Since we moved house and increased our morning commute, I’ve been listening to more audio books than before, something I haven’t really done since I was doing my postgrad 6 years ago and had a 90minute commute to class each day.
I came late the audio book thing, but did you know that you can rent them free from libraries? I didn’t either until my 80 year old Nanny told me about it, she’s been getting two a week delivered to her front door for over twenty years. You can buy the CD’s online, or you can even download audio books in MP3 formats from sites like Audible.com
On Boxing Day a couple of years ago Radio2 played JK Rowling’s ‘Harry Potter and the Philosophers Stone’ in it’s entirety. All eight hours of it. It was read, in the UK version, by Stephen Fry (Jim Dale reads the US versions I believe), and millions of people sat entranced for the whole day. And while the book was charming in itself, I can’t help but think that Fry had something to do with it.
And so we get onto our topic of the day – celebrities reading audio books.
Reading audio books is something of an art form, just like writing books, and there are readers out there who have over 900 audio books under their belt, such as the rather formidable George Guidall, who read my copy of Frank Herbert’s ‘Dune’ back in the day, and more recently Neil Gaiman’s ‘American Gods’ and Elie Wiesel’s outstanding ‘Night.’
Now, when it comes to choosing a reader for an audio book, there are many factors to consider, the voice, the tone, how a reader of that genre with respond to that person. Sometimes the match is a bad one, sometimes it just doesn’t work. ‘Twilight’ for example, is read by Ilyana Kadushin, a very obviously middle aged woman, and doesn’t fit at all with the teenage protagonist, and while the reader is a great reader and has a huge amount of experience and won awards, the older woman reading a teen book match just didn’t work for me at all.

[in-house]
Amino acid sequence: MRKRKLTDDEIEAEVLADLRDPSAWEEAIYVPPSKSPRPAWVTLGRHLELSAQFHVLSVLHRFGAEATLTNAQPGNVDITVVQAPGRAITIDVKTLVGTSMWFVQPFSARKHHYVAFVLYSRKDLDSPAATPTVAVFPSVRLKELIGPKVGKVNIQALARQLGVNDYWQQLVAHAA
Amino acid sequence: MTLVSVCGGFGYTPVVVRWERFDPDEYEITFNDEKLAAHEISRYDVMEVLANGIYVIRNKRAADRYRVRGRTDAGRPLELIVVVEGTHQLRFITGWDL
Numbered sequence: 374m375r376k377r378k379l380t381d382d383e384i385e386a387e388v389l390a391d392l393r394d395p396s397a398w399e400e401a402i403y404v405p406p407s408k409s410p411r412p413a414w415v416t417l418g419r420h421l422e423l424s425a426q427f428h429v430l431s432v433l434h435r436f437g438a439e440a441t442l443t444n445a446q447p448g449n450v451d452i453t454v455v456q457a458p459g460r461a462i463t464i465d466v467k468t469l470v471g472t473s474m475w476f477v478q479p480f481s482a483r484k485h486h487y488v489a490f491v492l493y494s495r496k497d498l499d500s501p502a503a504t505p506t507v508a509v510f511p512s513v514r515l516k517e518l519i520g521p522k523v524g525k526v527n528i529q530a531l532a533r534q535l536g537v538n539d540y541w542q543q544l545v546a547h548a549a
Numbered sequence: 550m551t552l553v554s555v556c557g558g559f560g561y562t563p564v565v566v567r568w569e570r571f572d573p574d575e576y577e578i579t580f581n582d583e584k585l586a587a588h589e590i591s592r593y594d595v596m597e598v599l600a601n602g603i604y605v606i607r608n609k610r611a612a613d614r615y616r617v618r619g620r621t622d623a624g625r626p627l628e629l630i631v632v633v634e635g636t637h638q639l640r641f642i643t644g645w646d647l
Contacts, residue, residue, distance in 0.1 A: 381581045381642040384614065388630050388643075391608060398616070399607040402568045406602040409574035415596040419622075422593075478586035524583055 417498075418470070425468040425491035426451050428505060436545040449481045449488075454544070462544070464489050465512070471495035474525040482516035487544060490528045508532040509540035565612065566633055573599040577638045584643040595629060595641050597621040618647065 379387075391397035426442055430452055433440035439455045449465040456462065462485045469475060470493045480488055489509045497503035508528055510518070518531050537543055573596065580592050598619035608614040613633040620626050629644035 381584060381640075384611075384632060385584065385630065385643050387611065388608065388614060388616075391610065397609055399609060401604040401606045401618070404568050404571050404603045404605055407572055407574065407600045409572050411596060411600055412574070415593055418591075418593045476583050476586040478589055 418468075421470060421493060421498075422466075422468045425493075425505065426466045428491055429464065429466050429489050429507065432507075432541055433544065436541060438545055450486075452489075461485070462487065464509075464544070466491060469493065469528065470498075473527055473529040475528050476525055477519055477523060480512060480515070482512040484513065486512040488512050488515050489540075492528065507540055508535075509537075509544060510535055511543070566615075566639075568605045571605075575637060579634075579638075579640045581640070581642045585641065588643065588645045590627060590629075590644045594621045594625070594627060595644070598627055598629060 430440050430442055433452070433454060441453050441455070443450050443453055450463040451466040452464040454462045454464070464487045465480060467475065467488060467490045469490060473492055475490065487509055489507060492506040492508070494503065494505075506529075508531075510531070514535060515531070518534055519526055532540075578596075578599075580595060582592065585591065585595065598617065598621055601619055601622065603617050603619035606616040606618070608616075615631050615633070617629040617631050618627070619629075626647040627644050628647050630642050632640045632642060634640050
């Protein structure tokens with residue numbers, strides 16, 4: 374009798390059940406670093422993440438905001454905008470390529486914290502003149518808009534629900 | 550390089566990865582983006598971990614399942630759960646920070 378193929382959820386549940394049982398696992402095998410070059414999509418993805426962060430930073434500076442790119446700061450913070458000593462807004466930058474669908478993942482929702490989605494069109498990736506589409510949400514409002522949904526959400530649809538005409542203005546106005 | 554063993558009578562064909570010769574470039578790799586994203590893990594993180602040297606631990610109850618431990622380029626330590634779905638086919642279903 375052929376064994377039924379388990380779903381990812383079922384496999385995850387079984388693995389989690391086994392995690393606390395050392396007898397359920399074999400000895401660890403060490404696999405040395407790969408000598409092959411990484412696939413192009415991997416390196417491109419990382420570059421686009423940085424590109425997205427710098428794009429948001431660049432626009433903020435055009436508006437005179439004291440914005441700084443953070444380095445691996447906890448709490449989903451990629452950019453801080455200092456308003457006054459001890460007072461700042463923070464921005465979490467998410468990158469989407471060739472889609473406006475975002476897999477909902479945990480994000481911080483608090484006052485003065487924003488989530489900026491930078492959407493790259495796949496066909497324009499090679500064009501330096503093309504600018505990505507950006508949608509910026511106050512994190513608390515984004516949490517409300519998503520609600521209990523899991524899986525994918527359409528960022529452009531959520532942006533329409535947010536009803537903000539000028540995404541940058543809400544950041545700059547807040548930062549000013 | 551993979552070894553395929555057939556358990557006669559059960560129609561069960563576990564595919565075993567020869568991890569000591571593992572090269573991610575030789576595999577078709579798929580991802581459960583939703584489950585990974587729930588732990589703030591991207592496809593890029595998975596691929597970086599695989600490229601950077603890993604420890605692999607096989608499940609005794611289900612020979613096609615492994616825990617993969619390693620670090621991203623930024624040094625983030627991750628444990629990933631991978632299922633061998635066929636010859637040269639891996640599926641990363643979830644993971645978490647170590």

Neither did Cynthia Nixon reading ‘Sex and the City’ mainly because she was a voice we already associated with a character in the series, and it just sounded…wrong to have her read as if she was Carrie. Or maybe that’s just me.
Most recently I’ve been listening to ‘Water for Elephants’ by Sara Gruen, which is read by David LeDoux and John Randolph Jones, respectively reading the 23 year old and the 90 (or 93) year old sections. This dual narrator works well, with the younger reader full of life and emotion, and the older reader bringing a different perspective to things.
The most recent version of ‘To Kill A Mockingbird’ was read by Sissy Spacek (the creepy teen from ‘Carrie’) and really reminded me how subtle the use of voice can be, just as the fact that it’s John Cleese reading ‘The Inferno of Dante’ comes as a shock to people listening.
Terry Pratchett’s Discworld series is read by Tony Robinson, who is a master of comic timing, and is so much a ‘voice’ of Terry Pratchett now that he read Pratchett’s Dimbleby lecture in 2010.
There are some matches that made perfect sense to me, and some which I’m still trying to work out. Below I have listed a few that might surprise you. You can make your own minds up about the combinations though:
- The Great Gatsby by F. Scott Fitzgerald read by Tim Robbins
- The Adventures of Tom Sawyer by Mark Twain ready by Paul Newman
- All the Pretty Horsesby Cormac McCarthy read by Brad Pitt
- The Bell Jarby Sylvia Plath read by Maggie Gyllenhaal
- A Scanner Darkly by Philip K Dick read by Paul Giamatti
- The Old Man and The Sea by Ernest Hemingway read by Donald Sutherland
- The Langoliers by Stephen King read by Willem Dafoe
The point is, who reads the book can really change the whole feel of the book, and if the voice is wrong for it, then that can really detract from the experience. In the past no one cared as much, but over recent years publishers are realising that there is a huge market for audio books that extends further than the blind customers like my Nanny and getting a good reader is a something of a status symbol for publisher and author alike.
Personally, I’m trying to work out if there is any conceivable way I could get William Shatner to read my children’s book.